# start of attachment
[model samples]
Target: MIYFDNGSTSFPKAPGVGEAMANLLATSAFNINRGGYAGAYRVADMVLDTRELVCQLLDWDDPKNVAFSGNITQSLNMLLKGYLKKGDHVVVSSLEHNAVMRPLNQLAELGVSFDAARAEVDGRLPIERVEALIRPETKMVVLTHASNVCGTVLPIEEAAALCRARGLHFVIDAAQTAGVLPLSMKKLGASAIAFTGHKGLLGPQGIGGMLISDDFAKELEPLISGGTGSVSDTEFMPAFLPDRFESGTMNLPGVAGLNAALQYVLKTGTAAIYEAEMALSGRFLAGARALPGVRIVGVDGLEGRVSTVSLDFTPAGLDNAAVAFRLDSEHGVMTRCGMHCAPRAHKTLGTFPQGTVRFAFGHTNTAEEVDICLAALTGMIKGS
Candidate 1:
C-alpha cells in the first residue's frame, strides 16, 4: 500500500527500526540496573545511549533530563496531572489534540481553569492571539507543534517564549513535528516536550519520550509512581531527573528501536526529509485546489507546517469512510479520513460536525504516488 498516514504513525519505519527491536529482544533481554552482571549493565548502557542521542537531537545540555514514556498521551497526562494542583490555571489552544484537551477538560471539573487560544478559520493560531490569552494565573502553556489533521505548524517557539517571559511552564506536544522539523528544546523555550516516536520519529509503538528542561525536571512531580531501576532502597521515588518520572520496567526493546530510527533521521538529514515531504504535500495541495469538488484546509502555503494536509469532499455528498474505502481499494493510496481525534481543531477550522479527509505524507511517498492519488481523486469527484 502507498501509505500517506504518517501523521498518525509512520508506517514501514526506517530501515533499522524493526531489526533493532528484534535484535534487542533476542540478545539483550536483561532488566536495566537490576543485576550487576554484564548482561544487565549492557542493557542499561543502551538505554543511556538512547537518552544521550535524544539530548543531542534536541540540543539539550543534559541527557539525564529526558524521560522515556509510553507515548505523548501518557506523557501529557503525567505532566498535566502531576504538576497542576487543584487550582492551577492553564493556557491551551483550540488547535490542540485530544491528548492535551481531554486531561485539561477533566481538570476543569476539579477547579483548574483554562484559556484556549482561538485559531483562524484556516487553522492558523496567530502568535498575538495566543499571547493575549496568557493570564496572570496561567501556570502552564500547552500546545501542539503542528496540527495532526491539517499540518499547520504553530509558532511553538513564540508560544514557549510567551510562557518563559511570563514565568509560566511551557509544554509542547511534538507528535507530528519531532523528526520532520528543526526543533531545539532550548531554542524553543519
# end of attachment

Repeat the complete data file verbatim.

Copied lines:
[model samples]
Target: MIYFDNGSTSFPKAPGVGEAMANLLATSAFNINRGGYAGAYRVADMVLDTRELVCQLLDWDDPKNVAFSGNITQSLNMLLKGYLKKGDHVVVSSLEHNAVMRPLNQLAELGVSFDAARAEVDGRLPIERVEALIRPETKMVVLTHASNVCGTVLPIEEAAALCRARGLHFVIDAAQTAGVLPLSMKKLGASAIAFTGHKGLLGPQGIGGMLISDDFAKELEPLISGGTGSVSDTEFMPAFLPDRFESGTMNLPGVAGLNAALQYVLKTGTAAIYEAEMALSGRFLAGARALPGVRIVGVDGLEGRVSTVSLDFTPAGLDNAAVAFRLDSEHGVMTRCGMHCAPRAHKTLGTFPQGTVRFAFGHTNTAEEVDICLAALTGMIKGS
Candidate 1:
C-alpha cells in the first residue's frame, strides 16, 4: 500500500527500526540496573545511549533530563496531572489534540481553569492571539507543534517564549513535528516536550519520550509512581531527573528501536526529509485546489507546517469512510479520513460536525504516488 498516514504513525519505519527491536529482544533481554552482571549493565548502557542521542537531537545540555514514556498521551497526562494542583490555571489552544484537551477538560471539573487560544478559520493560531490569552494565573502553556489533521505548524517557539517571559511552564506536544522539523528544546523555550516516536520519529509503538528542561525536571512531580531501576532502597521515588518520572520496567526493546530510527533521521538529514515531504504535500495541495469538488484546509502555503494536509469532499455528498474505502481499494493510496481525534481543531477550522479527509505524507511517498492519488481523486469527484 502507498501509505500517506504518517501523521498518525509512520508506517514501514526506517530501515533499522524493526531489526533493532528484534535484535534487542533476542540478545539483550536483561532488566536495566537490576543485576550487576554484564548482561544487565549492557542493557542499561543502551538505554543511556538512547537518552544521550535524544539530548543531542534536541540540543539539550543534559541527557539525564529526558524521560522515556509510553507515548505523548501518557506523557501529557503525567505532566498535566502531576504538576497542576487543584487550582492551577492553564493556557491551551483550540488547535490542540485530544491528548492535551481531554486531561485539561477533566481538570476543569476539579477547579483548574483554562484559556484556549482561538485559531483562524484556516487553522492558523496567530502568535498575538495566543499571547493575549496568557493570564496572570496561567501556570502552564500547552500546545501542539503542528496540527495532526491539517499540518499547520504553530509558532511553538513564540508560544514557549510567551510562557518563559511570563514565568509560566511551557509544554509542547511534538507528535507530528519531532523528526520532520528543526526543533531545539532550548531554542524553543519